In Conversation: Jeremy Bowen, Cirium
In this week’s episode of our ‘Sustainability in the Air’ podcast, SimpliFlying CEO Shashank Nigam spoke to ACI World’s Director General Luis Felipe de Oliveira, who shared how the organisation is supporting airports in their net-zero journey.
You can listen and subscribe to the podcast on Spotify, Apple Podcasts, Podcast Addict and Google podcasts.
Here’s a deep dive into the episode:
On average, airports account for roughly 5% of aviation’s carbon footprint. The majority of these emissions are from ground operations, including energy use for heating, cooling, lighting, and airport vehicles.
Airports have varying carbon footprints due to their geographical, cultural and economic intricacies. This, as Luis Felipe puts it, makes each airport a mystery that needs to be understood and unlocked in its specific context.
Recognising the impact of these emissions on the environment, ACI’s European body ACI Europe launched the Airport Carbon Accreditation program in 2009. The program has since expanded, with nearly 450 airports worldwide enrolled and certified at different accreditation levels.
ACI’s carbon accreditation program is the only voluntary global carbon management standard that helps airports to manage and reduce their carbon footprint. Focusing primarily on CO2 emissions, the program offers a common framework for airports to analyse and identify carbon-intensive activities. It is site-specific and can be used by airports to plan daily as well as long-term sustainability strategy through continuous improvement and stakeholder partnerships.
It comprises six progressively stringent levels of accreditation that address the needs of airports of different sizes that are at various stages of their carbon management journey. The six levels with their specific requirements are as follows:
In 2012, ACI also developed an inventory tool called the Airport Carbon and Emissions Reporting Tool (ACERT) to help airports estimate their carbon emissions. ACERT is a self-contained Excel spreadsheet that doesn’t require environmental or emissions expertise but yields sufficiently accurate results to allow airports to put together a mitigation plan. Particularly useful for smaller airports, the tool is available free of charge.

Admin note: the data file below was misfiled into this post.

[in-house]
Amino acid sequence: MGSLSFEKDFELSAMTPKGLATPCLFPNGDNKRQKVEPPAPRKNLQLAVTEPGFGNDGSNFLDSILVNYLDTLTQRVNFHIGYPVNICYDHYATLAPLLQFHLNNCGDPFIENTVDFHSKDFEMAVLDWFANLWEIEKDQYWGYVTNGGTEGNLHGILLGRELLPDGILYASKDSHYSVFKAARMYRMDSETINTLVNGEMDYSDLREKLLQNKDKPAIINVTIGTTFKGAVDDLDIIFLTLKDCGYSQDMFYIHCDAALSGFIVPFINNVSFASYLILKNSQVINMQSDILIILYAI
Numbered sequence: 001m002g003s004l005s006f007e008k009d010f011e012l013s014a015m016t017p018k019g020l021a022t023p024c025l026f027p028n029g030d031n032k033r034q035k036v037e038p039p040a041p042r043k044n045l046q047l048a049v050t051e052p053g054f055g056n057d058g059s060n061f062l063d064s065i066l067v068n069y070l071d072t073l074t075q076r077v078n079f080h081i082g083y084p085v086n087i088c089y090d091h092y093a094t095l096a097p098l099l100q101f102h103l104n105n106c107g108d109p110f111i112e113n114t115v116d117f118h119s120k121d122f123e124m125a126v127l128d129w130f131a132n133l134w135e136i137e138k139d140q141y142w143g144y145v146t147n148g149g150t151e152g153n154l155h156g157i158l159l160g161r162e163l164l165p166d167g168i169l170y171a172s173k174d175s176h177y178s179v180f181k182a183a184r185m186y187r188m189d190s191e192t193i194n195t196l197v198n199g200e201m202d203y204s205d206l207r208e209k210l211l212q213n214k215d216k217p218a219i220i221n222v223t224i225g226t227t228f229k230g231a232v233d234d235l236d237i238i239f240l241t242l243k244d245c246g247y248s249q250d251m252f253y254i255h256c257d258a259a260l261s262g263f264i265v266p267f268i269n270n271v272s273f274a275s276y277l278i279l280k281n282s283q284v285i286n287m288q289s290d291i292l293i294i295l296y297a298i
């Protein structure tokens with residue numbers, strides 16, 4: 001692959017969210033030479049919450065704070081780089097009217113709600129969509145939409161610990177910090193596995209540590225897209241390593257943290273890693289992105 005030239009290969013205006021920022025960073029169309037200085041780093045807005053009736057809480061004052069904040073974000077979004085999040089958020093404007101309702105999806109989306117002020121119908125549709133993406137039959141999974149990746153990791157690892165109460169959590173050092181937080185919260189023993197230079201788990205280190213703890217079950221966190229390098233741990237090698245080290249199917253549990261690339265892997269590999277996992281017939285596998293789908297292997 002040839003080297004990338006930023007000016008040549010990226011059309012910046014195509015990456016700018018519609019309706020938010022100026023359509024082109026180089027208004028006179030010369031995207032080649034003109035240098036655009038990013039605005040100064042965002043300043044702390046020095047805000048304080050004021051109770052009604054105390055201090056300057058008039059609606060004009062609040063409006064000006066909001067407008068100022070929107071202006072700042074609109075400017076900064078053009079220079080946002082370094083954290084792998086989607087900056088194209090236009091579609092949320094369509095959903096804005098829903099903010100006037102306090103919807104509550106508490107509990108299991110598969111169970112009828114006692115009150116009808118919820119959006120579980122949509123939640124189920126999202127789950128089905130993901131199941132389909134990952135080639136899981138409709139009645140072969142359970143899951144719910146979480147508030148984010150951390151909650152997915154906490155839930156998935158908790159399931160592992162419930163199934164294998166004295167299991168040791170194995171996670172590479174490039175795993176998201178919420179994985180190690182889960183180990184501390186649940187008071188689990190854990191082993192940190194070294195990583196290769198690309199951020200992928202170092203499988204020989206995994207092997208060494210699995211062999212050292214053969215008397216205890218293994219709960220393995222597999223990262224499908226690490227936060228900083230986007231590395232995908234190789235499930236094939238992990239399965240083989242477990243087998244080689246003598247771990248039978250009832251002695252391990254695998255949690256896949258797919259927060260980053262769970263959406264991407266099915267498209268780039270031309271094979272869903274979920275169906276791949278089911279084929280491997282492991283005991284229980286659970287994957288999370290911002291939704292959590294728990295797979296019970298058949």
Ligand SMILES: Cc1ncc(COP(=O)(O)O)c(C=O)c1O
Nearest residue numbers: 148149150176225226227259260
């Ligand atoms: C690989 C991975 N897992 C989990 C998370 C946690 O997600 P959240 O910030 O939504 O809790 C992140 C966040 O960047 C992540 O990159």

ACI also works closely with the Aerospace Technology Institute, UK and has launched joint reports to guide airports about the integration of technologies like hydrogen aircraft and sustainable aviation fuels in the airport infrastructure.
The aviation sector is often criticised for not doing enough to curb its carbon emissions. This, however, does not imply a dearth of initiatives in the industry but a sheer lack of awareness about them, states Luis Felipe. For example, Airports Council International’s Airport Carbon Accreditation program was instituted over a decade ago, yet it remains relatively unknown.
Luis Felipe believes that aviation is perhaps the one of the most environmentally conscious industries but it fails to convey its efforts to the public. He is convinced that a consistent and cohesive communication strategy will be crucial in allaying such misconceptions.
Given his background in fuels, Luis Felipe is certain that Sustainable Aviation Fuels (SAF) will lead the industry’s trajectory towards a sustainable future. Since SAF production is currently limited due to high prices, a mix of mandates and incentives will be required to catalyse its supply. This would again require the industry actors to work in tandem.
ACI’s carbon accreditation program lays down a framework to help airports manage and reduce their carbon emissions. It helps them navigate the complex subject and take necessary action to mitigate their environmental impact. It also helps airports demonstrate their commitment to sustainability and step up to their environmental responsibility.
The accreditation program neatly outlines the measures for emissions reduction and best practices, but its voluntary nature tends to blunt its teeth. Airports are under no obligation to participate or even work towards a high level of accreditation.
Voluntary initiatives, while a powerful force to create awareness, are not binding. The lack of incentive can deter and undermine their effectiveness. In ACI’s case, while about 450 airports have been accredited as of Feb 2023, only 33 have reached the highest Level 4+ Transition. Interestingly, only three each have been certified in North America and Asia. The remaining 27 airports are all in Europe.
As the aviation industry works towards its net-zero goals and aims to become more sustainable, concerted efforts and a consistent communication strategy, as Luis Felipe pointed out, are absolutely essential. What’s also important is to substantiate every claim made with concrete, actionable steps – to not just drum up sustainability clauses, but to also imbibe the true spirit of it.
Our Sustainability in the Air podcast is powered by SimpliFlying which has been helping build trust in travel for over a decade.
Season 3 is brought to you by our sustainability partners, Cirium and CarbonClick.
Recently we published our ‘Flying to Net Zero’ report, featuring ten industry leaders; read it here for free
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